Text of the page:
There are some statements and details here which do not seem to be backed up in the numbers.

Dave King says that staff levels are returning to more appropriate levels and that Rangers are investing heavily in staff and infrastructure and will continue to do so.

There was no Capex [Capital Expenditure] during 2016, and regarding going concern status, the assumptions are geared to containing costs. Somewhat inconsistent.

Season ticket sales increased from 37k in 2015/16 and now had more than 42k in the current season. Average season ticket price increased from £237 per ticket to £255. Overall revenues increased by c £6m with season ticket representing half of this increase and the Petrofac Cup contributing over £1m.

On operating expenses, these fell by £1.6m to £24.2m; however staff costs were flat, but legal and professional fees were reduced by just under £1m. Excluding legal fees, costs were essentially flat. RIFC wrote down the value of investment in RRL by £0.5m (noncash cost), and the directors are concerned about its future viability. RIFC continue to make an impairment provision on their properties of £786k each year.

 

Review of accounts and financing issues.

One of the most interesting aspects of the accounts is the substantial change in deferred income. This has increased from £6.5m last year to £15.9m at the end of June 2016.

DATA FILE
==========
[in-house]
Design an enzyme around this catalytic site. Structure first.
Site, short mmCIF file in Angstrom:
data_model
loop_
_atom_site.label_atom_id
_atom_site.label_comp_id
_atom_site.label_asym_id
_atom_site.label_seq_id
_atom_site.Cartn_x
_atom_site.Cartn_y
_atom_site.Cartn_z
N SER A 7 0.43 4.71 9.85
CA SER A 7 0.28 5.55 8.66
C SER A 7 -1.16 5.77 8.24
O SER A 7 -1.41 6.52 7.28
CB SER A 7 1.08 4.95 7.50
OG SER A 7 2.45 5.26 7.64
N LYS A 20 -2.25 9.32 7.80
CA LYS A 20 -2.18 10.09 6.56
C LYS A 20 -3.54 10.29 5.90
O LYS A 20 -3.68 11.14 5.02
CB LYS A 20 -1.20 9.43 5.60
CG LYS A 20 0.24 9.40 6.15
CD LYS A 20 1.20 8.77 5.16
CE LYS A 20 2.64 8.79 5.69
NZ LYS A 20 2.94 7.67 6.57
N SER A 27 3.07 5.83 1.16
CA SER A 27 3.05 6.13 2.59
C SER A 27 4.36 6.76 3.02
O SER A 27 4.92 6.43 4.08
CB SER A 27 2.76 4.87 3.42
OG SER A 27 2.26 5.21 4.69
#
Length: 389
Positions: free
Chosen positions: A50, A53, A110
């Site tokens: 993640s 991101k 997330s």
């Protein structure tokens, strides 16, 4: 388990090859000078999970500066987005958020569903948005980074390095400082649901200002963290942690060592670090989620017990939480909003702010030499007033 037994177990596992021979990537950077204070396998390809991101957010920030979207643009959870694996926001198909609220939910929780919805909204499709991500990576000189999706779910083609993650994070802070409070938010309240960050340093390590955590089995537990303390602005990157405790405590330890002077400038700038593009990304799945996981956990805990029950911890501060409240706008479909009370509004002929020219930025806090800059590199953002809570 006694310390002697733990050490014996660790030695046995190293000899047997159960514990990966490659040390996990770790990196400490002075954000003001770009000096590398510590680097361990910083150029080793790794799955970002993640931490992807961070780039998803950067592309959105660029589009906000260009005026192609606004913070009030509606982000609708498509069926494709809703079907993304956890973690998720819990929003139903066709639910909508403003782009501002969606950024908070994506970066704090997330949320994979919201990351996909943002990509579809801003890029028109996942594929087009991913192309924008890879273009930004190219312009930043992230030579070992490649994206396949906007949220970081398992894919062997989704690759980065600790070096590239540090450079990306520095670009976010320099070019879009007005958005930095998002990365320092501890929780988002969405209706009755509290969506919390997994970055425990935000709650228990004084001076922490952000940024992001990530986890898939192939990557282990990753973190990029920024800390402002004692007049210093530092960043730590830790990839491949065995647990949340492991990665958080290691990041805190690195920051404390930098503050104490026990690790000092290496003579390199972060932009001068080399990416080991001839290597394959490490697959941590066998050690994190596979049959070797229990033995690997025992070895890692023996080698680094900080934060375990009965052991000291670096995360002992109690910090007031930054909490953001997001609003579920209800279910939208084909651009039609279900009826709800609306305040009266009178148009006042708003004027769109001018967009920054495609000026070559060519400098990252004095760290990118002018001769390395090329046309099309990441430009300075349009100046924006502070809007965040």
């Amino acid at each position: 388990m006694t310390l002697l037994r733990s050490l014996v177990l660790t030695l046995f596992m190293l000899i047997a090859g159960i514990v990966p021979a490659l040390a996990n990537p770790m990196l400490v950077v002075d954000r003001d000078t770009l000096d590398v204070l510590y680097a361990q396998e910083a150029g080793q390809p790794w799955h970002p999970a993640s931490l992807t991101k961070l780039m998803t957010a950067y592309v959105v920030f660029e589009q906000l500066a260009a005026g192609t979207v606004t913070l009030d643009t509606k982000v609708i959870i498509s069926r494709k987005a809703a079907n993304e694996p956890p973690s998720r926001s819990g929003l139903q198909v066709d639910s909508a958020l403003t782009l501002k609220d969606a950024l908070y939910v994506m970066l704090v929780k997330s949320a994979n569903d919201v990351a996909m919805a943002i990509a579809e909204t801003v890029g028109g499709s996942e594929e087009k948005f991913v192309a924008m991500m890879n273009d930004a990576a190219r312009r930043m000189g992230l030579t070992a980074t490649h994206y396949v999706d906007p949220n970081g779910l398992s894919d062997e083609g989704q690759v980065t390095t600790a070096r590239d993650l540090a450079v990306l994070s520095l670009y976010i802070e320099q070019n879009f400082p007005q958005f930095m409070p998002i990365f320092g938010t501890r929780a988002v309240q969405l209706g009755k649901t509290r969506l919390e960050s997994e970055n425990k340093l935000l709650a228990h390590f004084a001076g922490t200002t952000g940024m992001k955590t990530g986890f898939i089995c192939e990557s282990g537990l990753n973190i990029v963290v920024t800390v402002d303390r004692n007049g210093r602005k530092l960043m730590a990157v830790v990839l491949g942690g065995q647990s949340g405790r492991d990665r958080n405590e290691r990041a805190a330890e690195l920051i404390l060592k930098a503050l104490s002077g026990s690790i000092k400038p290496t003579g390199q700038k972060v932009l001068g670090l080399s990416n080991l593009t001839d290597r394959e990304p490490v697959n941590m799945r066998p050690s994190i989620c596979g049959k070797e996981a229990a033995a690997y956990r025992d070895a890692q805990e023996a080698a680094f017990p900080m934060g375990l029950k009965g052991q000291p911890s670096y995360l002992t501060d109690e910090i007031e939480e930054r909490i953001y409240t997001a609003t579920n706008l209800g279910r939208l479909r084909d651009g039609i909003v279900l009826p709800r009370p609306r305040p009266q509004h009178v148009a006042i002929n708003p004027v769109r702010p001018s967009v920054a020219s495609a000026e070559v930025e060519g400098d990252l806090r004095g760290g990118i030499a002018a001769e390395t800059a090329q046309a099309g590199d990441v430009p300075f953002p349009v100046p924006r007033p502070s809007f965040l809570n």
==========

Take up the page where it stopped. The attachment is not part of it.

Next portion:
What is deferred income? In simple terms, this is the commitment that Rangers receive for season tickets and sponsorship monies before the season starts. A substantial proportion of money has been banked but it relates to the next financial year. Clearly, the promotion to the premier league and increased prices has given Rangers a substantial financial boost, but in looking at the going concern comment, RIFC has needed a cash injection of £2.9m in October 2016, whereas this additional funding was not necessary until January in the last financial period.

On the issue of financing, the directors have revised down the total requirement from £4m to £3.75m because of the success in reaching the semi-final of the League Cup. £2.9m was obtained in October, and a further £0.85m will be required in March 2017.Dave King through his company New Oasis Asset Ltd is providing this sum. With bullish comments such as investment in the football squad, infrastructure and returning staff levels to a satisfactory level, this leaves an awful lot to trusting the Director’s comments.

On the subject of continuing financial support to RIFC, the board has received undertakings from certain investors that they have the means and authority and will provide financial support to RIFC. The board acknowledges that had these assurances not been secured then a material uncertainty would exist which may cast doubt over the group’s ability to continue as a going concern. I am sure that the directors have furnished sufficient documentary evidence to the auditors Campbell Dallas to back up this assertion. Going further, the directors have said that financial support will be made available to more than cover any projected shortfall. I am sure that this proof is well documented.